This contribution shows an overview of the troposphere sensing techniques and their applications. We present multi-comparisons of the tropospheric parameters, i.e. refractivity, tropospheric delays in zenith and slant directions and integrated water vapor. The integration of the different data sources often leads to an improved accuracy of the tropospheric products but requires a careful preparation of data. The combination of the data sources allows for using the techniques of complementary properties, for example InSAR with very high spatial resolution with GNSS observations of high temporal resolution. With the emergence of new technologies, some traditional ways of tropospheric measurements can be augmented with the new methods. For example, we have tested meteo-drones as an alternative to radiosondes. The comparisons with GNSS data shows a good agreement of the drone and microwave data, even better than with radiosonde. Moreover, we present the results of the GNSS data assimilation into NWP models and the developments towards multi-GNSS, real-time assimilation of advanced products such as slant delays and horizontal tropospheric gradients.

How to cite: Wilgan, K., Rohm, W., Bosy, J., Geiger, A., Siddique, M. A., Dick, G., and Wickert, J.: Tropospheric products as a signal of interest – overview of troposphere sensing techniques, EGU General Assembly 2021, online, 19–30 Apr 2021, EGU21-5929, https://doi.org/10.5194/egusphere-egu21-5929, 2021.

Rosa Pacione et al.

In climate research, the role of water vapour can hardly be overestimated. Water vapour is the most important natural greenhouse gas and is responsible for the largest known feedback mechanism for amplifying climate change. It also strongly influences atmospheric dynamics and the hydrologic cycle through surface evaporation, latent heat transport and diabatic heating, and is, in particular, a source of clouds and precipitation.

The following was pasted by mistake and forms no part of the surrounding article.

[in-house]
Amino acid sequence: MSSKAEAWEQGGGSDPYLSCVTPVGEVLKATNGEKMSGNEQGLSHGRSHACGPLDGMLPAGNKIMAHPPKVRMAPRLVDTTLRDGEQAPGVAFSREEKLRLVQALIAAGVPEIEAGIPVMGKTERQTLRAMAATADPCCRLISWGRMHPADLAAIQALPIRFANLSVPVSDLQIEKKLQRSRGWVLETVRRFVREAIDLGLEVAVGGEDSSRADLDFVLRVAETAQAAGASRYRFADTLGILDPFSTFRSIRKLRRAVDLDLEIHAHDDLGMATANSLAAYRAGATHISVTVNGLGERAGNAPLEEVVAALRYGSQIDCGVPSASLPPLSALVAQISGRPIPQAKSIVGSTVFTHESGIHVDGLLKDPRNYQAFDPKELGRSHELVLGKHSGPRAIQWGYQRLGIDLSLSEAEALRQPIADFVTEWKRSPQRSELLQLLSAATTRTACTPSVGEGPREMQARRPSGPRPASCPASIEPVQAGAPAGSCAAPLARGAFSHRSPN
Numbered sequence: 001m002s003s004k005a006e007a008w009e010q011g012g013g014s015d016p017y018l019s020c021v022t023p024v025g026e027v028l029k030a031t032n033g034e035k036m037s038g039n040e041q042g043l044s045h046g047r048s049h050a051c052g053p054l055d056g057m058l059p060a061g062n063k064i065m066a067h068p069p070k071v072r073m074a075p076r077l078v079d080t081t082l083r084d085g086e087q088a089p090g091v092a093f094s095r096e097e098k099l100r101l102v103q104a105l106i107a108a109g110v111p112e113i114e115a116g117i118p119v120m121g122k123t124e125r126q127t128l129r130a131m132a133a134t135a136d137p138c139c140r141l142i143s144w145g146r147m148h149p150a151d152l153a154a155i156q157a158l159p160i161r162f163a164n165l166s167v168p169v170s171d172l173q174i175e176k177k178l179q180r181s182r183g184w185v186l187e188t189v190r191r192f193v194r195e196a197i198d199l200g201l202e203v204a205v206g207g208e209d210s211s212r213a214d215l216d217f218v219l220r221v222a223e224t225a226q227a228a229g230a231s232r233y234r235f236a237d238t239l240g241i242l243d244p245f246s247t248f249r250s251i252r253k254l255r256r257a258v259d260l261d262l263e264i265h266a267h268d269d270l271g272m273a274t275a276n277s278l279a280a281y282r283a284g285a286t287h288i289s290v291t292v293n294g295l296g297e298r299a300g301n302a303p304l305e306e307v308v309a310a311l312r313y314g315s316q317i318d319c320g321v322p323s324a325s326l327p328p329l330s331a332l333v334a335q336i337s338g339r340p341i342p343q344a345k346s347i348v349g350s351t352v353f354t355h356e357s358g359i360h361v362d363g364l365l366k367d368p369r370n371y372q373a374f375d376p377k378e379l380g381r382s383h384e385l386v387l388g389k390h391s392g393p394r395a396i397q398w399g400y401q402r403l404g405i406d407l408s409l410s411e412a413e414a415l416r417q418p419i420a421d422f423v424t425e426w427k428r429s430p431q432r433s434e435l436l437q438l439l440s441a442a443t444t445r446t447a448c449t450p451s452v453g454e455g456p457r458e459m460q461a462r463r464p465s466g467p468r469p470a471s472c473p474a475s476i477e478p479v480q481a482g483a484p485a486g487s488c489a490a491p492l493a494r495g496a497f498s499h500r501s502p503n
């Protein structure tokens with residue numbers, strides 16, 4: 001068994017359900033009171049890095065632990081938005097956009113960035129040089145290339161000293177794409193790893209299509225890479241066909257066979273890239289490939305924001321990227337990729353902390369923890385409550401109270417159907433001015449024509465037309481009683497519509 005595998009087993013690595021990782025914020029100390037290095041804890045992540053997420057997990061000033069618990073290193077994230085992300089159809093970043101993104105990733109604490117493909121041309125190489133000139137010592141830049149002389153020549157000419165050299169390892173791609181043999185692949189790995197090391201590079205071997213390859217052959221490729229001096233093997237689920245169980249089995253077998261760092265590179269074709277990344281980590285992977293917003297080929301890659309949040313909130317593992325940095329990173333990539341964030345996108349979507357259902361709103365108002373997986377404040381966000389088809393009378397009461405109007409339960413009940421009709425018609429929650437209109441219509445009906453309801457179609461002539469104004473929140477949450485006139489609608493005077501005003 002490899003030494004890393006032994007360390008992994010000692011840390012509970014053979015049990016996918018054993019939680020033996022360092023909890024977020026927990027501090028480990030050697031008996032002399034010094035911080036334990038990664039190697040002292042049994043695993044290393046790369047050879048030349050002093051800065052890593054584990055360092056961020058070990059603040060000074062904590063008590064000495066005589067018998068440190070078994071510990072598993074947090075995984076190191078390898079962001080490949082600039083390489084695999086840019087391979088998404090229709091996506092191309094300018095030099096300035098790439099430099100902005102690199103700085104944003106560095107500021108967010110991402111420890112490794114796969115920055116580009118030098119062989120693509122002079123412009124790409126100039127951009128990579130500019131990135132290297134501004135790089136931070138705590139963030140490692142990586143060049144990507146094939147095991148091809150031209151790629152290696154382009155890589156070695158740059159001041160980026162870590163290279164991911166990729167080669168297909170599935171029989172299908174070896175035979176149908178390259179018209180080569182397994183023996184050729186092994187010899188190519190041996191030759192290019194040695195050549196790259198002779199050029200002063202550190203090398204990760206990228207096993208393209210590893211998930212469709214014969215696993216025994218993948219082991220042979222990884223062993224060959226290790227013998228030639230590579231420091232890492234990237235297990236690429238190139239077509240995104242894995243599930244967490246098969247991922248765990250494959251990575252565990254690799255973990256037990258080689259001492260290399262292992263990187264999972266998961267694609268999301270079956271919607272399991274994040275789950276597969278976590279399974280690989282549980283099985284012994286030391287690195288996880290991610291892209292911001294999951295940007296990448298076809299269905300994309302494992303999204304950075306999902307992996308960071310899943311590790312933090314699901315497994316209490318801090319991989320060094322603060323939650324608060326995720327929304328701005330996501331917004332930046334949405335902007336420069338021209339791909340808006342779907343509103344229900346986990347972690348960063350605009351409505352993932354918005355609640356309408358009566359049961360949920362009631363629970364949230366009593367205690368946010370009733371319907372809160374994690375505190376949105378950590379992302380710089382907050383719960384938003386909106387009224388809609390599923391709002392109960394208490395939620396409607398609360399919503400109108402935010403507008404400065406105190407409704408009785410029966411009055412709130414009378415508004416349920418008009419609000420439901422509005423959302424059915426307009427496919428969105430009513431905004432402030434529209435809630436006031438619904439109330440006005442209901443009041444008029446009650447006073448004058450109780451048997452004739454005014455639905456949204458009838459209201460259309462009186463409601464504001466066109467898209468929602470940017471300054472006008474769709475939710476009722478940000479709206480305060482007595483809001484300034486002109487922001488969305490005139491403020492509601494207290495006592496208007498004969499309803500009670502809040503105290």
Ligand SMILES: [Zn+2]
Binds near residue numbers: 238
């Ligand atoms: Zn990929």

Atmospheric water vapour is highly variable, both in space and in time. Therefore, measuring it remains a demanding and challenging task. The Zenith Total Delay (ZTD) estimated from GNSS observations, provided at a temporal resolution of minutes and under all weather conditions, can be converted to Integrated Water Vapour (IWV), if additional meteorological variables are available. Inconsistencies introduced into long-term time series from improved GNSS processing algorithms, instrumental, and environmental changes at GNSS stations make climate trend analyses challenging. Ongoing re-processing efforts using state-of-the-art models aim at providing consistent time series of tropospheric data, using 24+ years of GNSS observations from global and regional networks. GNSS is reaching the “maturity age” of 30 years when climate normal of ZTD/IWV (and horizontal gradients) can be derived. Being not assimilated in numerical weather prediction model reanalyses, GNSS products can also be used as independent datasets to validate climate model outputs (ZTD/IWV). However, what is the actual use of GNSS ZTDs in climate monitoring? What are the advantages of using GNSS ZTDs for climate monitoring? In addition, what would be the best ZTD time series to serve the climate community?

The presentation will provide a review of the progress made in and the status of using GNSS tropospheric datasets for climate research, highlighting the challenges and pitfalls, and outlining the major remaining steps ahead. We will show examples demonstrating the benefits for climate monitoring brought by using GNSS ZTD and/or IWV datasets in complement to other observations.

This contribution is related to the activities of JWG C.2: Quality control methods for climate applications of geodetic tropospheric parameters, https://iccc.iag-aig.org/joint-work-groups/216, of the IAG Inter-Commission Committee on "Geodesy for Climate Research" (ICCC).

How to cite: Pacione, R., Santos, M., Dick, G., Jones, J., Pottiaux, E., Rinke, A., Van Malderen, R., and Elgered, G.:  Ground-based GNSS for climate research: review and perspectives, EGU General Assembly 2021, online, 19–30 Apr 2021, EGU21-9087, https://doi.org/10.5194/egusphere-egu21-9087, 2021.

Shlomi Ziskin Ziv et al.